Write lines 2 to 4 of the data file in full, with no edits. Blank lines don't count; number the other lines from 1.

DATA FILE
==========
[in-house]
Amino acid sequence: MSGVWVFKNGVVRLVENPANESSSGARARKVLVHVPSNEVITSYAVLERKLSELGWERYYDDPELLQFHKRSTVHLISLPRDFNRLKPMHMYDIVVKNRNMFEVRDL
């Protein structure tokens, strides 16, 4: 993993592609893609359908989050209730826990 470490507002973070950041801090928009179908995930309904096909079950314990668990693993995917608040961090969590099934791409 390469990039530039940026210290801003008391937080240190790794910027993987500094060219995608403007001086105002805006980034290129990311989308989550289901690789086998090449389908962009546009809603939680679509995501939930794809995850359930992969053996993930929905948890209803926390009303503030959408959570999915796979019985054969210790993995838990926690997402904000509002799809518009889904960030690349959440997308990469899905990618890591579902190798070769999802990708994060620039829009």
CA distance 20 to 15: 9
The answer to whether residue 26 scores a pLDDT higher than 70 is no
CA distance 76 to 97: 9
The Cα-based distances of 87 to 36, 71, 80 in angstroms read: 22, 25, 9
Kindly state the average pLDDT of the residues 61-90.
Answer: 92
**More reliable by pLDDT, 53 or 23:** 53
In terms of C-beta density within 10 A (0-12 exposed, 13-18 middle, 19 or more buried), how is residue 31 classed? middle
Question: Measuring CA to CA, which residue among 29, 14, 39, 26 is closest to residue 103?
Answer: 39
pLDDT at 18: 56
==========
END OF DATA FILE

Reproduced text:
Amino acid sequence: MSGVWVFKNGVVRLVENPANESSSGARARKVLVHVPSNEVITSYAVLERKLSELGWERYYDDPELLQFHKRSTVHLISLPRDFNRLKPMHMYDIVVKNRNMFEVRDL
């Protein structure tokens, strides 16, 4: 993993592609893609359908989050209730826990 470490507002973070950041801090928009179908995930309904096909079950314990668990693993995917608040961090969590099934791409 390469990039530039940026210290801003008391937080240190790794910027993987500094060219995608403007001086105002805006980034290129990311989308989550289901690789086998090449389908962009546009809603939680679509995501939930794809995850359930992969053996993930929905948890209803926390009303503030959408959570999915796979019985054969210790993995838990926690997402904000509002799809518009889904960030690349959440997308990469899905990618890591579902190798070769999802990708994060620039829009």
CA distance 20 to 15: 9